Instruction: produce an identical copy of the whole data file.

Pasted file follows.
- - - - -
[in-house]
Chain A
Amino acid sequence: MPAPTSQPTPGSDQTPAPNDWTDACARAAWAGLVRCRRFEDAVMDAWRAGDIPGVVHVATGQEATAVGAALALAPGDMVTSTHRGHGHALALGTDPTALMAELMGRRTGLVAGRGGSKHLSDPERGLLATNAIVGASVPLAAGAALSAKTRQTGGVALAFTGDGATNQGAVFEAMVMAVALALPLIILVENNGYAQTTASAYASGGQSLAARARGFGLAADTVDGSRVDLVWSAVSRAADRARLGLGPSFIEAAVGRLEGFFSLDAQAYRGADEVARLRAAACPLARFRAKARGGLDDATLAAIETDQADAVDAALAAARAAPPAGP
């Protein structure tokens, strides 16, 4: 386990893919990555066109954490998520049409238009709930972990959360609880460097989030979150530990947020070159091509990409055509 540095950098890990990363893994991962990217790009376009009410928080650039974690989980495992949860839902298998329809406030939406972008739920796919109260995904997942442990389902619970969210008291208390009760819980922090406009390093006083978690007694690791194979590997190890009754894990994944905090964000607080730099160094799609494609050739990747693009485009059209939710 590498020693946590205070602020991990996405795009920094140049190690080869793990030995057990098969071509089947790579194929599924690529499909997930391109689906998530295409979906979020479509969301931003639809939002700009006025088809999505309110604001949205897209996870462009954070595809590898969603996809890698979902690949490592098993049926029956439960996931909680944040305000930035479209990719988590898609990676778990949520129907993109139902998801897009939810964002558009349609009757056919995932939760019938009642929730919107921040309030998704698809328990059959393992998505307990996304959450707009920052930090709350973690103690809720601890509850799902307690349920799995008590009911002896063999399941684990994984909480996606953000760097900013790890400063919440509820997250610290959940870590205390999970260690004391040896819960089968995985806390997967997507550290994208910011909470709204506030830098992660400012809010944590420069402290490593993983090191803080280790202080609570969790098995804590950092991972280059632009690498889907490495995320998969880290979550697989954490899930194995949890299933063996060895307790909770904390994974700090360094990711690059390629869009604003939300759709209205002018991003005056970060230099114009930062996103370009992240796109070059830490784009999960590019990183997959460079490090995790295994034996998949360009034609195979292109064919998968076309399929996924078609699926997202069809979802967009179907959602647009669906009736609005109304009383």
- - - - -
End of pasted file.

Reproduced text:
[in-house]
Chain A
Amino acid sequence: MPAPTSQPTPGSDQTPAPNDWTDACARAAWAGLVRCRRFEDAVMDAWRAGDIPGVVHVATGQEATAVGAALALAPGDMVTSTHRGHGHALALGTDPTALMAELMGRRTGLVAGRGGSKHLSDPERGLLATNAIVGASVPLAAGAALSAKTRQTGGVALAFTGDGATNQGAVFEAMVMAVALALPLIILVENNGYAQTTASAYASGGQSLAARARGFGLAADTVDGSRVDLVWSAVSRAADRARLGLGPSFIEAAVGRLEGFFSLDAQAYRGADEVARLRAAACPLARFRAKARGGLDDATLAAIETDQADAVDAALAAARAAPPAGP
């Protein structure tokens, strides 16, 4: 386990893919990555066109954490998520049409238009709930972990959360609880460097989030979150530990947020070159091509990409055509 540095950098890990990363893994991962990217790009376009009410928080650039974690989980495992949860839902298998329809406030939406972008739920796919109260995904997942442990389902619970969210008291208390009760819980922090406009390093006083978690007694690791194979590997190890009754894990994944905090964000607080730099160094799609494609050739990747693009485009059209939710 590498020693946590205070602020991990996405795009920094140049190690080869793990030995057990098969071509089947790579194929599924690529499909997930391109689906998530295409979906979020479509969301931003639809939002700009006025088809999505309110604001949205897209996870462009954070595809590898969603996809890698979902690949490592098993049926029956439960996931909680944040305000930035479209990719988590898609990676778990949520129907993109139902998801897009939810964002558009349609009757056919995932939760019938009642929730919107921040309030998704698809328990059959393992998505307990996304959450707009920052930090709350973690103690809720601890509850799902307690349920799995008590009911002896063999399941684990994984909480996606953000760097900013790890400063919440509820997250610290959940870590205390999970260690004391040896819960089968995985806390997967997507550290994208910011909470709204506030830098992660400012809010944590420069402290490593993983090191803080280790202080609570969790098995804590950092991972280059632009690498889907490495995320998969880290979550697989954490899930194995949890299933063996060895307790909770904390994974700090360094990711690059390629869009604003939300759709209205002018991003005056970060230099114009930062996103370009992240796109070059830490784009999960590019990183997959460079490090995790295994034996998949360009034609195979292109064919998968076309399929996924078609699926997202069809979802967009179907959602647009669906009736609005109304009383």